Best Titles for Book Reading Clubs
Book clubs are great, but sometimes agreeing on titles can be a challenge. You want to choose a title that’s not too new or else not everyone can get a copy or it’ll be the most expensive hardback in the bookstore. Here’s a list of titles that are still fresh and relevant but also ones that your book reading club will be able to find secondhand or from the library.
The Book Thief by Markus Zusak
Narrated by the omniscient character of Death himself and taking place during World War II, this award-winning gem is a great story that instantly appeals to many reading tastes and levels. It’s intended for a young adult readership, so Zusak takes care to make the story easy to follow and fun to read while also throwing in some truly breathtaking prose.
This story will transport you to another world with its irresistible characterization, plot, and even a few illustrations that cleverly relate to the story. The narrator talks directly to the reader, making it seem personal – with an edge of the uncanny – as he describes the life of a little girl who lived in Germany during one of the most horrific wars of all time.
Deathless by Catherynne M. Valente
A surprise favorite, Deathless developed a bit of a cult following on sites such as Goodreads while totally bypassing the mainstream media. Books such as these are perfect for book club discussions, having elements that are likely to be loved by some and despised by others. The novel has a vintage feel to it, basing its story on a Russian folklore character, an evil man who can never die. Though told through Valente’s unique perspective, the deathless man is not quite so evil. The story follows the life of Marya Morevna, a clever girl who grows up to encounter things of legend amidst lies, secrecy, and magical quests. This story has some delicious descriptions of Russian delicacies for those who enjoy books that make you hungry. For those who have heard of The Tiger’s Wife, another popular book club choice, Deathless has some interesting similarities and can be a great follow-up.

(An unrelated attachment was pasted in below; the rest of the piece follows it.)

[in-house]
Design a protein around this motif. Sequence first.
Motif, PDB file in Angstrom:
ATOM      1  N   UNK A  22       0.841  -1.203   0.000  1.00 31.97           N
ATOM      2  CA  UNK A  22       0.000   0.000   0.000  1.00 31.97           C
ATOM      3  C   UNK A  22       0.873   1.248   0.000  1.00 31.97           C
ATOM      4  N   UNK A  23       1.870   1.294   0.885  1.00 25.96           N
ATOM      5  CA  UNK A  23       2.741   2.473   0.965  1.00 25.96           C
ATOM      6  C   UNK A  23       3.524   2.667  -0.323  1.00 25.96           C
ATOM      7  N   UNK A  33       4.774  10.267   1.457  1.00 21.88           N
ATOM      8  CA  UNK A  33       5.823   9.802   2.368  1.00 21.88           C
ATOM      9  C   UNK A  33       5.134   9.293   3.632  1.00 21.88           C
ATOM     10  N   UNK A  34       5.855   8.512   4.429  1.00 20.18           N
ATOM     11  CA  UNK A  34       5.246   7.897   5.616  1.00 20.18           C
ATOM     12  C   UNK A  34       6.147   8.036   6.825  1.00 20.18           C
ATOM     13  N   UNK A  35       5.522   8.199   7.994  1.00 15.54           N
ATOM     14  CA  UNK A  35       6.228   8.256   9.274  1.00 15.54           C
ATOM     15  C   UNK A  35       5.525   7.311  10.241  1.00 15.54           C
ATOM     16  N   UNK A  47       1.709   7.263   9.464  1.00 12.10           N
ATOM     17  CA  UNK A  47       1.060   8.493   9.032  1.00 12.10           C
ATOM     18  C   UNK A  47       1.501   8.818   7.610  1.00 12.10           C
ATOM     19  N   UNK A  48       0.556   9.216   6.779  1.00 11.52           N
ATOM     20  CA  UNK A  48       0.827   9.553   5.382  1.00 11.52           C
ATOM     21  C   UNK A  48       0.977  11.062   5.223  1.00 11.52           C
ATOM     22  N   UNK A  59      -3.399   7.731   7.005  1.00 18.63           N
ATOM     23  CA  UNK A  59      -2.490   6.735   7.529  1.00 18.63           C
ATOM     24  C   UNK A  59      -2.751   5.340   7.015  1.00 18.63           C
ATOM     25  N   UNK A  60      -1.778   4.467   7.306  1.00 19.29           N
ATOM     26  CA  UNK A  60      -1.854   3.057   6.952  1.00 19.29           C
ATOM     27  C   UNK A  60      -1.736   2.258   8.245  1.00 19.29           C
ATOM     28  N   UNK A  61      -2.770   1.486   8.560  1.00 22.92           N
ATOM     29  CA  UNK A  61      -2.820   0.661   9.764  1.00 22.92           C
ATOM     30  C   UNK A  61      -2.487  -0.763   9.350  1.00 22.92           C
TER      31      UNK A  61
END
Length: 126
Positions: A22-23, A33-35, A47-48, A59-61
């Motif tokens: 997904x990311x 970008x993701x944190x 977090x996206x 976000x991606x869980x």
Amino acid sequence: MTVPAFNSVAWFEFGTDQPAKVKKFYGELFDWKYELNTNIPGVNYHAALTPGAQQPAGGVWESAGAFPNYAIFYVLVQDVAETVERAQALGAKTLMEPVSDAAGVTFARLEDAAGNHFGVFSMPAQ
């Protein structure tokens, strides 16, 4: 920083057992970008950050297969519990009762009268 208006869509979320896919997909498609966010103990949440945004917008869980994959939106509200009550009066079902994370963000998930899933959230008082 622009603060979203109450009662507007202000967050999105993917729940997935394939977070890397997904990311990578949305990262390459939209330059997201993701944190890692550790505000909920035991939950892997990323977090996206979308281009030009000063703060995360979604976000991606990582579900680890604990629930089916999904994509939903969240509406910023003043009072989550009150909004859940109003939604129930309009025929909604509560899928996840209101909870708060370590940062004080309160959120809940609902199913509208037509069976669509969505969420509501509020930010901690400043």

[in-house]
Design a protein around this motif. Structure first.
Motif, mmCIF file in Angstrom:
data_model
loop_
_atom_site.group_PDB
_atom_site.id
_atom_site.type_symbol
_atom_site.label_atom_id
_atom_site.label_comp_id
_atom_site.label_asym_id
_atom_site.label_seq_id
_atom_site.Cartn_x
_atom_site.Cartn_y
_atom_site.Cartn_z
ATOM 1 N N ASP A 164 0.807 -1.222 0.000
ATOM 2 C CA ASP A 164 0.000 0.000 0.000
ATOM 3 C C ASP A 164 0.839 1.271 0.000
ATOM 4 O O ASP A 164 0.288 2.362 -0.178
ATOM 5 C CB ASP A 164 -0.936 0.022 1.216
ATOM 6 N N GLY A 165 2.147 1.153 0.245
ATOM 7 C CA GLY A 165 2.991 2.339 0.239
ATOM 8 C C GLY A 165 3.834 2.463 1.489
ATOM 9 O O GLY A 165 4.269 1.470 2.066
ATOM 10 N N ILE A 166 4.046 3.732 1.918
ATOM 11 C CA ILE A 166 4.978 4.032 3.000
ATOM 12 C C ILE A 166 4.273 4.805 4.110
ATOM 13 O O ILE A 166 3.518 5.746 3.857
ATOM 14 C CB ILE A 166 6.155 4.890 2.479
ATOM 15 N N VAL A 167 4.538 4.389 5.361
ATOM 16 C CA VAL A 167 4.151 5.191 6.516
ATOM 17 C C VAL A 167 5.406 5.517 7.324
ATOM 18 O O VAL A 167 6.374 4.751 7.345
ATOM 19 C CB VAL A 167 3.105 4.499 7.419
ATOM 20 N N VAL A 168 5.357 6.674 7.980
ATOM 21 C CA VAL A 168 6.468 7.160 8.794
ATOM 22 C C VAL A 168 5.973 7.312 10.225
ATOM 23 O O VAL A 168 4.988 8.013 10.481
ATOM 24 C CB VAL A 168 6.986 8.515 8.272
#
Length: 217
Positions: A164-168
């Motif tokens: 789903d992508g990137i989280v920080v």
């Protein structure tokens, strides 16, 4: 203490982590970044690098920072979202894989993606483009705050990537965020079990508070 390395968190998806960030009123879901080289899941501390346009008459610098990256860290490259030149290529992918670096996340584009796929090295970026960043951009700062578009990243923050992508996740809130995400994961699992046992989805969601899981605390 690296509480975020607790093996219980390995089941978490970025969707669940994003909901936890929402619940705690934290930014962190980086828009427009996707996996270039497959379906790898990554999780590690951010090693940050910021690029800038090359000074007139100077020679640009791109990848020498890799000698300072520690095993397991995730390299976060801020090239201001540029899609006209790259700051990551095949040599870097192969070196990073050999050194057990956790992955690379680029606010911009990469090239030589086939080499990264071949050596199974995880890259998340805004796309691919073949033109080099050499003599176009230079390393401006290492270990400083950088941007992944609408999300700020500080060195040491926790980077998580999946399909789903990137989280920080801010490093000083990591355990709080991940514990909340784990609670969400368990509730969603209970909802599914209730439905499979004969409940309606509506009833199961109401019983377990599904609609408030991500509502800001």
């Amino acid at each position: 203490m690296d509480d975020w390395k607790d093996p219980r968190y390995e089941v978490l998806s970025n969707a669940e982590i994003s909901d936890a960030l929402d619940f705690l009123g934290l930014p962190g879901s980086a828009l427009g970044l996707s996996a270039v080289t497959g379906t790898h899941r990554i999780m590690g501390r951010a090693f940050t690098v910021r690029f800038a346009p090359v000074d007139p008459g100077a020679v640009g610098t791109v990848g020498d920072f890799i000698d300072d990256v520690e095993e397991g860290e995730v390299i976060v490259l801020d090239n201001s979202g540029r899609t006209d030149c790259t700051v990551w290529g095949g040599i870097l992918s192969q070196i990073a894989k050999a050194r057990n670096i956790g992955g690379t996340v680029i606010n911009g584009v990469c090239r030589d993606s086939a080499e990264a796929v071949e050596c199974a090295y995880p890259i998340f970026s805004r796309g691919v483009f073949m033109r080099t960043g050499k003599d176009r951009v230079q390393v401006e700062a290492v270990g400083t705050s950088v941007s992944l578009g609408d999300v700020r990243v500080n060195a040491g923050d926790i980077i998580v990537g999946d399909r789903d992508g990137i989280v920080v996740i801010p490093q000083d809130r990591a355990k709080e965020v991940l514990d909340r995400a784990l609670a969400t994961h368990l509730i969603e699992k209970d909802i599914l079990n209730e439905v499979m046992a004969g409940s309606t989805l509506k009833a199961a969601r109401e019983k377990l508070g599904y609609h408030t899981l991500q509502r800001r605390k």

The Curious Incident of the Dog in the Night-Time by Mark Haddon
Written from the perspective of an autistic child with a gift for mathematics and a fondness for dogs, this story could be classified as a murder mystery. You will have never read anything like this unique narrative where Christopher, our main character, walks the reader through every single choice he makes. Some are questionable to those who have a more conventional thought process, but this character does not cease to amaze and surprise when put to some difficult tests. A great choice for book clubs that enjoy lively discussion.
Fat Kid Rules the World by K.L. Going
A difficult book for many, this book grapples with life, death, drug abuse, and music in a very controversial way. Intended for teenage readers, this story is about an obese young man who finds nothing but challenges wherever he turns. The opening scene is a morbidly comedic meditation on suicide as the book’s main character, Troy, decides not to throw himself in front of a subway train for the sole reason that someone out there might find the situation humorous. Edged with a love for punk rock music – add in a character with more than a little resemblance to music legend Kurt Cobain – and you have a story about a kid with no hope who finds a place where he can be himself.
To get the conversation going, focus on how people felt about the characters and whether they agreed with the choices they made. Sometimes people absolutely hate a character or their choices, but it makes for great book club reading! Pose some hypothetical questions about what your group thought should have happened or what the worse case scenarios could be. A great conversation starter for book clubs is to compare the current book to a book that your group has read in the past.
What is the best book you have ever read at a book club?